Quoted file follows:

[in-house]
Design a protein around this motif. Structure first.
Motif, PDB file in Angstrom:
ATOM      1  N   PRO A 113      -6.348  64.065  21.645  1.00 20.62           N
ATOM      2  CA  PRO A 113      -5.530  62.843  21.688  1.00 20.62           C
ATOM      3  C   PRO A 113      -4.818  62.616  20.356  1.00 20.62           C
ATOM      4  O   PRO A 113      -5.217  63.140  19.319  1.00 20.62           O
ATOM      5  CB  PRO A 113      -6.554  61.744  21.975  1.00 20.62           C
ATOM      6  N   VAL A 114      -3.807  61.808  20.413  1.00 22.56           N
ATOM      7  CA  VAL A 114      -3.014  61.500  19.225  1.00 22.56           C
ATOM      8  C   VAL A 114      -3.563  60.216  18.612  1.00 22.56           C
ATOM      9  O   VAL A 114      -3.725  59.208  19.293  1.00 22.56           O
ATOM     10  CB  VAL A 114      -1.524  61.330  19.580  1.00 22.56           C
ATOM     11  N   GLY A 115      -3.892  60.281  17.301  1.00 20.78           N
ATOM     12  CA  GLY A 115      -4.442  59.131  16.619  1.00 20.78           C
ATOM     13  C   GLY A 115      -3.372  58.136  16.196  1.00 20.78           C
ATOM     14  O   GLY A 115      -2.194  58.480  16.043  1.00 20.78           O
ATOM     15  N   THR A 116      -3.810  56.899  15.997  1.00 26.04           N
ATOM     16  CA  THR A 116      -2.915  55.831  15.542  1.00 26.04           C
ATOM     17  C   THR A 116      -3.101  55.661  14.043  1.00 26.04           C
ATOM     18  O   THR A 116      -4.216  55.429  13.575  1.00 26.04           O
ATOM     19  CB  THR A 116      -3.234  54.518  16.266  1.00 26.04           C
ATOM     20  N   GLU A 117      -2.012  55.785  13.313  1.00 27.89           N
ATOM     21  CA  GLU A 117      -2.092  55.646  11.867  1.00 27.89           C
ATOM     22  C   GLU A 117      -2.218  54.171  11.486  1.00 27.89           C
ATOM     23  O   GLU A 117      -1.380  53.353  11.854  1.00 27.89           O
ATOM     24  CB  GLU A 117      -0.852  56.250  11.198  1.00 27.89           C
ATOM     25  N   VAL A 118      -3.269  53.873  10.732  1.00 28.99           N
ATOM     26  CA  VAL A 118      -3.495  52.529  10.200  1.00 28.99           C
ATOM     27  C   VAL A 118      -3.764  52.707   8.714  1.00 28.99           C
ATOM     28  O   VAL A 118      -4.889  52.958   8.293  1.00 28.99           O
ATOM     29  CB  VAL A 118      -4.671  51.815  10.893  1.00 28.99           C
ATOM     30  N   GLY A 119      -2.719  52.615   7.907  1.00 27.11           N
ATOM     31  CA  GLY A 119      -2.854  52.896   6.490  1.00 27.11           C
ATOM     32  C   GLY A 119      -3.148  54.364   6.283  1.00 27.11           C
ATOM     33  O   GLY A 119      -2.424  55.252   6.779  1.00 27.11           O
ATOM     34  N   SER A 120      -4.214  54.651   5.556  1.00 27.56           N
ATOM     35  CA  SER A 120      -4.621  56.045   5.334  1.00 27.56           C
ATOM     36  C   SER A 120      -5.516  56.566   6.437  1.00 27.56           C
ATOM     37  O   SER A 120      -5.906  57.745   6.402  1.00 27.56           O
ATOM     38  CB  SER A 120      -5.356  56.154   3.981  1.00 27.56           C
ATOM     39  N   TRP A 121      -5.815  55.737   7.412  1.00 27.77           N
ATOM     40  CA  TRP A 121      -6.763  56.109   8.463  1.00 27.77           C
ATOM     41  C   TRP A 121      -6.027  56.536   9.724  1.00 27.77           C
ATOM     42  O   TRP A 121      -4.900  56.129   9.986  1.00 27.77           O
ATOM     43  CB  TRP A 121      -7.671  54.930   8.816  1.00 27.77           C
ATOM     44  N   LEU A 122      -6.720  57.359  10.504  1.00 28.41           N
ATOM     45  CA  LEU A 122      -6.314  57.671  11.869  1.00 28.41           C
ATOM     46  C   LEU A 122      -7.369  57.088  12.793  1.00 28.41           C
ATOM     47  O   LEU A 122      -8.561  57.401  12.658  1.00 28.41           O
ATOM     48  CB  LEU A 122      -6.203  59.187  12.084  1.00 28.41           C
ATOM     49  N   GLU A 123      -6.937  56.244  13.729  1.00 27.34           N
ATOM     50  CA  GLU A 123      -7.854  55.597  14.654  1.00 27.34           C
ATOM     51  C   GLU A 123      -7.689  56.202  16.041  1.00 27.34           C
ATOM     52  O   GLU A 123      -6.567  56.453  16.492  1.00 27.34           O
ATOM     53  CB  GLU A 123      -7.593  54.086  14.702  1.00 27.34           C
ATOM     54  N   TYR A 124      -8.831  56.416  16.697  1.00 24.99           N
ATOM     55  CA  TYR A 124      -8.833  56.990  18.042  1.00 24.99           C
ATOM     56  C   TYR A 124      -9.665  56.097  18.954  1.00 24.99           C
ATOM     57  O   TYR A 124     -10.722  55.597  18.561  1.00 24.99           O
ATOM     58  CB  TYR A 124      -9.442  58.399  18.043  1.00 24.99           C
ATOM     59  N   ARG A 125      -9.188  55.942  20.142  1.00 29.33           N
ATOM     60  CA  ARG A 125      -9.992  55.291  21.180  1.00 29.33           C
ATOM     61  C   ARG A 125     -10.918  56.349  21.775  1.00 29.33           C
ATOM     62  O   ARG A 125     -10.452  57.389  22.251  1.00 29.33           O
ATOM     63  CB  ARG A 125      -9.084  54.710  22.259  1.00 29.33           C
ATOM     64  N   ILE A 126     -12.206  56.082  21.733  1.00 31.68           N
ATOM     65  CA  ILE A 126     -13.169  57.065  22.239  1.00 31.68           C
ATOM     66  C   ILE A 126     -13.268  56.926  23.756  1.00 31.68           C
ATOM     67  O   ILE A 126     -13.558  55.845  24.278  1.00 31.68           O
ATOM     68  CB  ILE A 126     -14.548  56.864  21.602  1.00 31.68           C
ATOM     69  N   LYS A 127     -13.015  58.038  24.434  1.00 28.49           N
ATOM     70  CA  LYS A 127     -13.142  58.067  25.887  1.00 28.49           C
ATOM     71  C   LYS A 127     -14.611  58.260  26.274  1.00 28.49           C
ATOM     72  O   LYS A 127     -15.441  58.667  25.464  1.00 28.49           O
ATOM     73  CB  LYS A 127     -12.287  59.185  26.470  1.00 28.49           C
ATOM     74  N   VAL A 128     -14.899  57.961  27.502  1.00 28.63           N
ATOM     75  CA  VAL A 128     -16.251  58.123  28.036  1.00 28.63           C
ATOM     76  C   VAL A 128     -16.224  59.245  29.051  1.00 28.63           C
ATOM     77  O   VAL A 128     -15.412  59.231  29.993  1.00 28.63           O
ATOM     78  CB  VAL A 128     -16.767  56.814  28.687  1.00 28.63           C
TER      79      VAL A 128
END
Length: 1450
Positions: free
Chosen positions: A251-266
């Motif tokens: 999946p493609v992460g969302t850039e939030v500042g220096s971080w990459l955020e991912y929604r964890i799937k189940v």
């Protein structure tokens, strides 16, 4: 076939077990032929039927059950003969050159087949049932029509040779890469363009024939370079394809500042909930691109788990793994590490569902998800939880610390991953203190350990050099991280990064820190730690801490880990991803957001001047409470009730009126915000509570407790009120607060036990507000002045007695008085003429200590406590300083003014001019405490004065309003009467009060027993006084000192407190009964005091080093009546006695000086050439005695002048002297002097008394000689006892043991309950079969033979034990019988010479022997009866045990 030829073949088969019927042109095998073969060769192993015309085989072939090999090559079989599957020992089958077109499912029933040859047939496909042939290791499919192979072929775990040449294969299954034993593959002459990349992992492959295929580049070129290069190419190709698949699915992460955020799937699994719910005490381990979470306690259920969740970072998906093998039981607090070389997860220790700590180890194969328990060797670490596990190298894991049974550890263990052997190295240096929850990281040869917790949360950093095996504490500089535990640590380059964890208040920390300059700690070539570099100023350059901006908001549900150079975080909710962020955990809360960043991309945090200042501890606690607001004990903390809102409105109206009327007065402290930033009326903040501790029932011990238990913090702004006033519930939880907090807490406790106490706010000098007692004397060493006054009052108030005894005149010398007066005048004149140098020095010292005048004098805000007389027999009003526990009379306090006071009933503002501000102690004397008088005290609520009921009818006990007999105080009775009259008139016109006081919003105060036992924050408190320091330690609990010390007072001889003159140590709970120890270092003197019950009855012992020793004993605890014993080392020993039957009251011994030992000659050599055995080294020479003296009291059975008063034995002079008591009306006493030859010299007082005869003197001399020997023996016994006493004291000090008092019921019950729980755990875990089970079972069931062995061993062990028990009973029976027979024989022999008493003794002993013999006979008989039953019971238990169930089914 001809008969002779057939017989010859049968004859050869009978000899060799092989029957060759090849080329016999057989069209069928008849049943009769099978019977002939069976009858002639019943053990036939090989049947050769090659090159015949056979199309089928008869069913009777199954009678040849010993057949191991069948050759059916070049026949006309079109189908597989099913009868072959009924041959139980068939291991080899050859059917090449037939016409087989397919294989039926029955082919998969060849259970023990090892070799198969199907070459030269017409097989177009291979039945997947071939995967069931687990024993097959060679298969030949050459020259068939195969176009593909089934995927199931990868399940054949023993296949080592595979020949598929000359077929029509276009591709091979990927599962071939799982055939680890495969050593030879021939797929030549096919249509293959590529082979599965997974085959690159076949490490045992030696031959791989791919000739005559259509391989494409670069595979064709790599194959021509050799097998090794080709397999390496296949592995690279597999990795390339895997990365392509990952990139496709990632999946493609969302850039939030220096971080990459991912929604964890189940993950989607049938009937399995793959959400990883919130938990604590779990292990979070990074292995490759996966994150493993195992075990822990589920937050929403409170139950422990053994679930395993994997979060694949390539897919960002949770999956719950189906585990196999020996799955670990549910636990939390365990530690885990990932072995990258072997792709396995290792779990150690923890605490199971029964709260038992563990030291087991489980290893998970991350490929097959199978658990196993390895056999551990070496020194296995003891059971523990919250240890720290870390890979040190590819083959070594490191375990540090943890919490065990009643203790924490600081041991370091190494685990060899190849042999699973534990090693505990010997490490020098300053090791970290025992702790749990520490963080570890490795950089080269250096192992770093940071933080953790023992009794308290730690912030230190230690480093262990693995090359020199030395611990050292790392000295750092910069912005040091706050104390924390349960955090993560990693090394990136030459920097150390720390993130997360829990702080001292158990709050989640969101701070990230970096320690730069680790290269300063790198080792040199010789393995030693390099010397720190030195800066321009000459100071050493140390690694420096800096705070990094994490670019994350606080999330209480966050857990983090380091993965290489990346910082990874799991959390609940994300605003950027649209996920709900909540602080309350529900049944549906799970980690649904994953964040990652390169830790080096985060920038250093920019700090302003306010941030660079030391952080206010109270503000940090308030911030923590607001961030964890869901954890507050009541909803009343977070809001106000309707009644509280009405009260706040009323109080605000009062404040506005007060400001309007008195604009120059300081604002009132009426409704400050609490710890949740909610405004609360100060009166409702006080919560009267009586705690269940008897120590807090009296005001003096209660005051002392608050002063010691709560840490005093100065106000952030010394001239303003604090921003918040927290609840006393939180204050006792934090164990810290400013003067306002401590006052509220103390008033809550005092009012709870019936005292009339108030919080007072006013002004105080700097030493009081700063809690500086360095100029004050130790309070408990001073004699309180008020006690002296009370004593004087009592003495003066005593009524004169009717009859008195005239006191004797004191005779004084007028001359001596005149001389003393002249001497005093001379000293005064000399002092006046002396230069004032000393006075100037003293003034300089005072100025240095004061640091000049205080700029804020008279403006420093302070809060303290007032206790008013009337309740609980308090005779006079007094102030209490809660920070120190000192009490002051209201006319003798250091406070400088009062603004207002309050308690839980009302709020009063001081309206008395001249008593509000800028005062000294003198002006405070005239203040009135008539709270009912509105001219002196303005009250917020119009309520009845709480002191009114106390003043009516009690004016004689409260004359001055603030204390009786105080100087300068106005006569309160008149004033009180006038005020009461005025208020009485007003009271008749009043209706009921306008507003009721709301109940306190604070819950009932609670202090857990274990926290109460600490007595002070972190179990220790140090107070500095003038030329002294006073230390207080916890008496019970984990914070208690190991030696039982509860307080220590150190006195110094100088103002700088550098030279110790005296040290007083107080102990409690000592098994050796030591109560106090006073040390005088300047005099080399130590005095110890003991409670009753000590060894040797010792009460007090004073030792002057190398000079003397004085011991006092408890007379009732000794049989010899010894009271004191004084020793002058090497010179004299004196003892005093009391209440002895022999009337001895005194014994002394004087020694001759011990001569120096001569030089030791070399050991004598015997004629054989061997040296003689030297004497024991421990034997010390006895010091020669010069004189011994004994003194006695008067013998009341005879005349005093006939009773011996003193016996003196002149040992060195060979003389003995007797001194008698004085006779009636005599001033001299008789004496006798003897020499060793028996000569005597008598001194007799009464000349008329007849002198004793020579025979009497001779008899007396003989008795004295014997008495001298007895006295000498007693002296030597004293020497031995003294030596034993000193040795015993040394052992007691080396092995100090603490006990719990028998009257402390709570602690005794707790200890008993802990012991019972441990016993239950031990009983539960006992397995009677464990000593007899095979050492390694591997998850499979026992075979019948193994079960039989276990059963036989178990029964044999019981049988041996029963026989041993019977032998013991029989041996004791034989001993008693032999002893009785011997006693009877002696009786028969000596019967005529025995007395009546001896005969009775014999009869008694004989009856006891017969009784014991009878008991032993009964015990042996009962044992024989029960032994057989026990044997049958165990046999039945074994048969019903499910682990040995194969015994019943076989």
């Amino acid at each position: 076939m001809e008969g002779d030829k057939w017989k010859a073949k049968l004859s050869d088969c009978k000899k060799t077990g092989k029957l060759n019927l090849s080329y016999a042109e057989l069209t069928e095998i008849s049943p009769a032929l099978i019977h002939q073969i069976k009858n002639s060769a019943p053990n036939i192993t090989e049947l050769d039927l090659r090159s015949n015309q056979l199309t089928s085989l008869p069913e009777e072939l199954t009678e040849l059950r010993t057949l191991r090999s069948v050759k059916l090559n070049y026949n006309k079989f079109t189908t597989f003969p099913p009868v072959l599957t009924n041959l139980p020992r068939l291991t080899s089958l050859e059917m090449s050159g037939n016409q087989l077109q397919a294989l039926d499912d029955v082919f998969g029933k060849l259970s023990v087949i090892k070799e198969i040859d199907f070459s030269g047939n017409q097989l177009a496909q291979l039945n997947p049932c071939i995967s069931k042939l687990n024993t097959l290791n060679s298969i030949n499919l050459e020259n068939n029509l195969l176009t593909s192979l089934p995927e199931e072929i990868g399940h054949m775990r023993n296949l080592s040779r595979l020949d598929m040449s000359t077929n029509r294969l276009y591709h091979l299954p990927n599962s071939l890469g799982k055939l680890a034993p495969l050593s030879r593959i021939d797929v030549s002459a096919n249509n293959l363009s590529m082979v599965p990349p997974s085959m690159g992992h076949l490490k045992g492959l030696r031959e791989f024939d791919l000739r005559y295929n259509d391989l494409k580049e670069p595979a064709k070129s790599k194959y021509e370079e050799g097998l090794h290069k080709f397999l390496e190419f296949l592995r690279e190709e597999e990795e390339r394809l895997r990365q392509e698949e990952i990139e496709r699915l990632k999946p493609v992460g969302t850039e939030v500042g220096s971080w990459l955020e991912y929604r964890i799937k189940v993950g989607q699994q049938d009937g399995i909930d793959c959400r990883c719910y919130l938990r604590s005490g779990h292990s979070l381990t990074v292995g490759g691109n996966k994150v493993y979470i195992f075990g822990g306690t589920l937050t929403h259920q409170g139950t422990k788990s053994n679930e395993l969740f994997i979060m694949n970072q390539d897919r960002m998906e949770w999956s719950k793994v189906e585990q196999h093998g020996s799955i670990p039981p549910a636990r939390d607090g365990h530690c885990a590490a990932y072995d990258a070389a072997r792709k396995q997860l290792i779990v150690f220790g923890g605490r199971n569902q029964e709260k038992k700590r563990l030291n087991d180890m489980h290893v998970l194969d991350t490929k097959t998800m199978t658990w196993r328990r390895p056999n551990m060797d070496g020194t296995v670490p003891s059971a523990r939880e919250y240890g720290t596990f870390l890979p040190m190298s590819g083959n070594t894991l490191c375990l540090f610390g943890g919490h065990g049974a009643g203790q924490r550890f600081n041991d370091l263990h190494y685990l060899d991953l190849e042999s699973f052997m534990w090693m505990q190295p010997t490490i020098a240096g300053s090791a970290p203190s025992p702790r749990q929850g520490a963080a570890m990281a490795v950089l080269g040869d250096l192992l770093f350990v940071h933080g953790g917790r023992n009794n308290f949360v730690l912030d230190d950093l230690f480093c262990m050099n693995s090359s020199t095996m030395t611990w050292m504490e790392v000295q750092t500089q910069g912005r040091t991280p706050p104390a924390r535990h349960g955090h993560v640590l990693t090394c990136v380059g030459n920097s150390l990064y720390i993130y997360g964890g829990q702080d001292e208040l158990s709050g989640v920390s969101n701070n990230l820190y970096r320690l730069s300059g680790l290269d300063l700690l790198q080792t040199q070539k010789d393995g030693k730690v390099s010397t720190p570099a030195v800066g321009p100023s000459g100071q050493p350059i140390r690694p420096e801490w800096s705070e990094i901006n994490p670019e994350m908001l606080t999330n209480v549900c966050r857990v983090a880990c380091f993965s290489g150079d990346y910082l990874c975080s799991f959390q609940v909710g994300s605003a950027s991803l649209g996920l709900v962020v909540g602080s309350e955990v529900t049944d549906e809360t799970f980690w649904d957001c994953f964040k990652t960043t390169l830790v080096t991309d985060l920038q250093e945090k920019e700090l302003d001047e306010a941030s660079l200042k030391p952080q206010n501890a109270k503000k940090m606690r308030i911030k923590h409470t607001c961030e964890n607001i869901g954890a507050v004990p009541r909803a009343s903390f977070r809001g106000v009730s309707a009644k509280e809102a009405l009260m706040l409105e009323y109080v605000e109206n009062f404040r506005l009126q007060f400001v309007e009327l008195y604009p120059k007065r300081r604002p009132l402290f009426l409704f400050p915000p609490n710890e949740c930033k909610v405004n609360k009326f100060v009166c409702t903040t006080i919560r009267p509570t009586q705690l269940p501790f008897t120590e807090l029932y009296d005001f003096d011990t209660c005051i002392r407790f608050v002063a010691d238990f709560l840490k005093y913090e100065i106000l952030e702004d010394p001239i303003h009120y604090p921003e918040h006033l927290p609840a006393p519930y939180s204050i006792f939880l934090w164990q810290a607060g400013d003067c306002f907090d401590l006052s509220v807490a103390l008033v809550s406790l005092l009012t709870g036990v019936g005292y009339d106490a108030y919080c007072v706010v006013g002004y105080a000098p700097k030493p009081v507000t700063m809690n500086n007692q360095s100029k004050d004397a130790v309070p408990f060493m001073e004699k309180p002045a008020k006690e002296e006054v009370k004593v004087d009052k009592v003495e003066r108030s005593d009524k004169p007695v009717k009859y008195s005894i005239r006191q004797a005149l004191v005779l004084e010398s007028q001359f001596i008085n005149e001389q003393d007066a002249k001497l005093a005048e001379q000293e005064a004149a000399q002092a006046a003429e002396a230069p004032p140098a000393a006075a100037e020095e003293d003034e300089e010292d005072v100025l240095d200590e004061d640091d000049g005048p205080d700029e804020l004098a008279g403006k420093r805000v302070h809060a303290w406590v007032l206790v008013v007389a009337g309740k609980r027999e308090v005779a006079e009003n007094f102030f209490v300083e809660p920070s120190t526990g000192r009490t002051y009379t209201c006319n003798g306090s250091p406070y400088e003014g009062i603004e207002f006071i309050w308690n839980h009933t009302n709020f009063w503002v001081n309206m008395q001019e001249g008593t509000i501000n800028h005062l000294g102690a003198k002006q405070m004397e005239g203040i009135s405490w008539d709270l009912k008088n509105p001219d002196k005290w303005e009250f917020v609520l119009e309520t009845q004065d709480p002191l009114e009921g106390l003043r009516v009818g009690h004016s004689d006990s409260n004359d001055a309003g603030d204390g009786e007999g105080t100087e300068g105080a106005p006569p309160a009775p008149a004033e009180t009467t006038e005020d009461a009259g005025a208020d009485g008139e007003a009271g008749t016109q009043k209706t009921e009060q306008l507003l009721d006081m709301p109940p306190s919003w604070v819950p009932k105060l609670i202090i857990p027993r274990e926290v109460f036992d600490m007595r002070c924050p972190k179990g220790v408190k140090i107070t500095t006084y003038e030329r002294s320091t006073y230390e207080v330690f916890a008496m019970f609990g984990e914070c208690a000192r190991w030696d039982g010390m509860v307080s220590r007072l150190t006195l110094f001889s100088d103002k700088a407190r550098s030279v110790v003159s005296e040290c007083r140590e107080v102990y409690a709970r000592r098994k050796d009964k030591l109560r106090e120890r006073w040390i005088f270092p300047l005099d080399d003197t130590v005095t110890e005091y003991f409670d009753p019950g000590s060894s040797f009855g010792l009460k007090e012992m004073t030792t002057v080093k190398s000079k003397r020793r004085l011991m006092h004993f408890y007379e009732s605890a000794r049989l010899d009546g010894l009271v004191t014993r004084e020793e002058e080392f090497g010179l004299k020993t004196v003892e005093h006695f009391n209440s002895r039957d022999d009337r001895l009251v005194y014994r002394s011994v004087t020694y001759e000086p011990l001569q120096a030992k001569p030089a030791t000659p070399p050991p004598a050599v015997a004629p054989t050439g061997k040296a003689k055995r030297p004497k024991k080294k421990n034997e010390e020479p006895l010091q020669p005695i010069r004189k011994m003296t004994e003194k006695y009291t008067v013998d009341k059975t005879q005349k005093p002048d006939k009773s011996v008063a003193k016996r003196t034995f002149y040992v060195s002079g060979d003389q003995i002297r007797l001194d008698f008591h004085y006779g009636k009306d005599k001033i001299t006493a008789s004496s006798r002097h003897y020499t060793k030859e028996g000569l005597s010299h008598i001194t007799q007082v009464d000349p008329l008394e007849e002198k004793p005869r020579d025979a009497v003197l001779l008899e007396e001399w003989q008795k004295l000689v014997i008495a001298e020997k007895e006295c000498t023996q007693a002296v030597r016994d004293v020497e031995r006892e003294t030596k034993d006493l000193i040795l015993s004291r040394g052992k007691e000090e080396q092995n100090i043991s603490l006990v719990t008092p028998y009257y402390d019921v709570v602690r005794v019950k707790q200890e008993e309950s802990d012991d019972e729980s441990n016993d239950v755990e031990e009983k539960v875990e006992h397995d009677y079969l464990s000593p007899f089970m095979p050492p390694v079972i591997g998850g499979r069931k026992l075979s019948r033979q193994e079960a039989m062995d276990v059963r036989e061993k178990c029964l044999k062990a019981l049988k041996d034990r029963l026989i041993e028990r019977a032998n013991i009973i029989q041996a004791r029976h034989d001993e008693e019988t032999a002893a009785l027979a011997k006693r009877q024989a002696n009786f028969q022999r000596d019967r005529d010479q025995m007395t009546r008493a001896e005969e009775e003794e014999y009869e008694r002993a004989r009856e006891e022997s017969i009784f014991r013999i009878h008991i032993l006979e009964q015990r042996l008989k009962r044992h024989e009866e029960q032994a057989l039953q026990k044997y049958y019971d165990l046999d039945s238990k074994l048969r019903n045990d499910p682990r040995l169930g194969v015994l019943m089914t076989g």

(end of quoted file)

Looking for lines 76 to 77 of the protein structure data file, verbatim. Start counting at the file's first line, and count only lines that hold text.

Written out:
ATOM     73  CB  LYS A 127     -12.287  59.185  26.470  1.00 28.49           C
ATOM     74  N   VAL A 128     -14.899  57.961  27.502  1.00 28.63           N